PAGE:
On Wednesday, April 18 Dr. Erin Stiles presented her research on divorce practices in Zanzibar and the use of khuluu, a judicial mechanism used to initiate divorce in East Africa. While khuluu is seen as a legitimate way for a woman to initiate legal separation from her husband, very few women pursue this route, as it remains prohibitively expensive for most, Stiles said. More commonly, women seeking divorce request a “fus,” or a free divorce.
According to Dr. Stiles, there are three kinds of khuluu in Zanzibar: judicial, extrajudicial, and false, and any of the forms can also be imposed by a judge when they believe the wife is at fault in the marriage. Some judges regard khuluu as a punitive measure that can be used to end a marriage when a woman is determined to be responsible for the marital discord, or when there are no grounds for judicial dissolution through fasikhi. Zanzibari judges view khuluu as a right that a woman can exercise to extricate herself from marriage, a right that they sometimes encourage in court. Dr. Stiles also explained a practice common in many marriage courts in Zanzibar, in which judges attempt to fix the marriage before allowing a divorce.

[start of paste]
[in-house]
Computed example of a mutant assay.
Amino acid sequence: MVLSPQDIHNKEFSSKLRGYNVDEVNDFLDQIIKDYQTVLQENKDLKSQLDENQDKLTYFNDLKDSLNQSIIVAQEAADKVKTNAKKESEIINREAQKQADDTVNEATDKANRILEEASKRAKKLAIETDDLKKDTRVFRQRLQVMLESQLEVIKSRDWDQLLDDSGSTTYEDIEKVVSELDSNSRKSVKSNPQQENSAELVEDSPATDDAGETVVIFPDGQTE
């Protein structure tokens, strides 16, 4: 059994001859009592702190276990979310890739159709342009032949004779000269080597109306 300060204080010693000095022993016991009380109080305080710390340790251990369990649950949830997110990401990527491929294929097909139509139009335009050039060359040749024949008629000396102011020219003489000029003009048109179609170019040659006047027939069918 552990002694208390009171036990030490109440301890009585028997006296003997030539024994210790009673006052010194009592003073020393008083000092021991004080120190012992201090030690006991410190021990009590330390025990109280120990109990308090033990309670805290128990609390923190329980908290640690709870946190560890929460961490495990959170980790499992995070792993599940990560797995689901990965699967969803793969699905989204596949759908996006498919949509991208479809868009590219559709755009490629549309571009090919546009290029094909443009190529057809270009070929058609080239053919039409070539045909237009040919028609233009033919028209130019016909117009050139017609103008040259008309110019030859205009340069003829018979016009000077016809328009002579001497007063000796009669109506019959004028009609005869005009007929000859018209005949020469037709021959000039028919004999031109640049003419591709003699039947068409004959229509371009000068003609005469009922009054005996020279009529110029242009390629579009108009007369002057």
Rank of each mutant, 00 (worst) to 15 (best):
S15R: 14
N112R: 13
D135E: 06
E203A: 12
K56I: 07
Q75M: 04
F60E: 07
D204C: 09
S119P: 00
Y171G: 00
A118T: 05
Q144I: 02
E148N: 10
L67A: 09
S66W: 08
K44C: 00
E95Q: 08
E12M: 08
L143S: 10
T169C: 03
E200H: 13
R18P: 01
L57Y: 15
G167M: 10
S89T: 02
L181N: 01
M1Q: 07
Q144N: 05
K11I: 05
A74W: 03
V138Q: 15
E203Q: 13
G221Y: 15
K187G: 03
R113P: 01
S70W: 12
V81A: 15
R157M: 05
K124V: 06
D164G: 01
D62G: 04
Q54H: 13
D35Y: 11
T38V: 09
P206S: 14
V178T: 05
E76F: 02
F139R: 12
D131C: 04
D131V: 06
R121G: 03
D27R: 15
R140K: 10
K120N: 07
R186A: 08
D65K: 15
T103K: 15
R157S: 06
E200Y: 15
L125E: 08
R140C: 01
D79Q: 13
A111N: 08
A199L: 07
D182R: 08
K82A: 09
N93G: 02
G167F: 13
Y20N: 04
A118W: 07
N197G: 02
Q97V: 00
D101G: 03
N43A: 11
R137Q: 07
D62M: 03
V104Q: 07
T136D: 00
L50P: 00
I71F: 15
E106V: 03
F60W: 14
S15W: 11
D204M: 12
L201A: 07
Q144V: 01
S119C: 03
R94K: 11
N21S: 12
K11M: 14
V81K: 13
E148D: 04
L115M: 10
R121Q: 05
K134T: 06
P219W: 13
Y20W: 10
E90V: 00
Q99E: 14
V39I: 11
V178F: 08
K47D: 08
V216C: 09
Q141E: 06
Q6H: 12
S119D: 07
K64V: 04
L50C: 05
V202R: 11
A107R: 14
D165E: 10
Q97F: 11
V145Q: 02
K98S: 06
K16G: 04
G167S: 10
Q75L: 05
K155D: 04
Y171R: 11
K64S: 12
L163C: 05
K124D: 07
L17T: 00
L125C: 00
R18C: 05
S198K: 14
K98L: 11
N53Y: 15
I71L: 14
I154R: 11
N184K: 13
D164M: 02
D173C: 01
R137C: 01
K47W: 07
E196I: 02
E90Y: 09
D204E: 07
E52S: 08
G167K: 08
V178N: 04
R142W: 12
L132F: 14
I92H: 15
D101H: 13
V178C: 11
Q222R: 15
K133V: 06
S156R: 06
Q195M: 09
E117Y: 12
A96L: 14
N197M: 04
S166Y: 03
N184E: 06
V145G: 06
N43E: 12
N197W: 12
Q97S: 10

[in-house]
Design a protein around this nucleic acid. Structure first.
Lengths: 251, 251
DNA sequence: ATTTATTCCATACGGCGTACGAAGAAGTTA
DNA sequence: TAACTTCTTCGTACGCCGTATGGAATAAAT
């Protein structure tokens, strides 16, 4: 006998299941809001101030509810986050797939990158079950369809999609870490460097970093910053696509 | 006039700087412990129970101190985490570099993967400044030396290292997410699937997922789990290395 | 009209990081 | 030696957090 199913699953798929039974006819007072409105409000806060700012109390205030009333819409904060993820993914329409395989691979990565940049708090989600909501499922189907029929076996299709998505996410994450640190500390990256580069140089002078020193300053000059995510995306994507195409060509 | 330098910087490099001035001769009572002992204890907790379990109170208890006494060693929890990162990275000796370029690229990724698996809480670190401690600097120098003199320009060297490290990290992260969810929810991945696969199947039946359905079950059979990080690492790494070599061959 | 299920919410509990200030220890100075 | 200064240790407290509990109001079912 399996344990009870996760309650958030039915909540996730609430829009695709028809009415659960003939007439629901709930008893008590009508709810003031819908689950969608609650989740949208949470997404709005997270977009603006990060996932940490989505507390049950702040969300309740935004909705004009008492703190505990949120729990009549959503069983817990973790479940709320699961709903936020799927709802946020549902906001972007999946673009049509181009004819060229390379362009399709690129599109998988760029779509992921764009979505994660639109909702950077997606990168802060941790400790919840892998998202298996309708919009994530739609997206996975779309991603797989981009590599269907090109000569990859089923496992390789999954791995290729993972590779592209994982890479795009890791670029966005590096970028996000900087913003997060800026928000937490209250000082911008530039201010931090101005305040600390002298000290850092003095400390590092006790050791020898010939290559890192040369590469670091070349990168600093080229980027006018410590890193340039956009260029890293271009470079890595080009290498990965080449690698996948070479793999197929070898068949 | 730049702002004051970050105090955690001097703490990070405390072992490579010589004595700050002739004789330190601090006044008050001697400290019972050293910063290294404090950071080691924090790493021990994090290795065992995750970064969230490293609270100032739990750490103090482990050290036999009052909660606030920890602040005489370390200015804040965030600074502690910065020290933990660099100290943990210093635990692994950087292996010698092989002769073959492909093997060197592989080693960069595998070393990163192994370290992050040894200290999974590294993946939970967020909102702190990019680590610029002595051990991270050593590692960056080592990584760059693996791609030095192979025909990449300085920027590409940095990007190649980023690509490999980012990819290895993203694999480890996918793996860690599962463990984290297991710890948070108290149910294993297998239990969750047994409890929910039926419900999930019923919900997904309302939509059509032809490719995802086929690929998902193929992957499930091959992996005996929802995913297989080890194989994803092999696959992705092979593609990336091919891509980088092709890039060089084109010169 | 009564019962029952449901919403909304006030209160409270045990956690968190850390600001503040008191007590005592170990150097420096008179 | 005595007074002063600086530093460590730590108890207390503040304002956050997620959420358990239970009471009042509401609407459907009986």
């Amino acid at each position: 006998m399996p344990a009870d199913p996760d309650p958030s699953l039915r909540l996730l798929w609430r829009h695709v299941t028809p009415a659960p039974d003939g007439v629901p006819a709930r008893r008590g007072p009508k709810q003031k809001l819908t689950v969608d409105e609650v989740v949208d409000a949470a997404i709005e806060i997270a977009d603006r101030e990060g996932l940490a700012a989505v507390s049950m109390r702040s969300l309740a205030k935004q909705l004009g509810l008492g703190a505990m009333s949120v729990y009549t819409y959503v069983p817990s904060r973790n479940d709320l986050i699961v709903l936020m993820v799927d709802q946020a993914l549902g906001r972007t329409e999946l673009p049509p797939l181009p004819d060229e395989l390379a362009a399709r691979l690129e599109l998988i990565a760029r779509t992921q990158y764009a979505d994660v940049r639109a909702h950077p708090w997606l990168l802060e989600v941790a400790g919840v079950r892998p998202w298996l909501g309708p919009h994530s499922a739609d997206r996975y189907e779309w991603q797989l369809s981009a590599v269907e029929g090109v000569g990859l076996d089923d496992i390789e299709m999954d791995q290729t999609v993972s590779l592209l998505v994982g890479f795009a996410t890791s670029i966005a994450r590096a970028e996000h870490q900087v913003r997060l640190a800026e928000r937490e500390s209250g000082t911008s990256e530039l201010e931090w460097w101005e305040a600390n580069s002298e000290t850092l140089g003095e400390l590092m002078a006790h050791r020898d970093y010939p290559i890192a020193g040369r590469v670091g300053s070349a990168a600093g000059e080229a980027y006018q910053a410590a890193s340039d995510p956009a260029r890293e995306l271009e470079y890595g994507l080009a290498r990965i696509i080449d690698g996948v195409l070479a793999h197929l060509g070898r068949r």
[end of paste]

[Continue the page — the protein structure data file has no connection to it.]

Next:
Ultimately, Dr. Stiles emphasized the amount of power held by judges in these situations.
“To frame khuluu as simply a divorce by women ’s prerogative, or even by mutual consent, is to overlook the way the judges may be using khulaa unilaterally as a new type of judicial divorce that is not to the specific request of either the wife or the husband,” she said.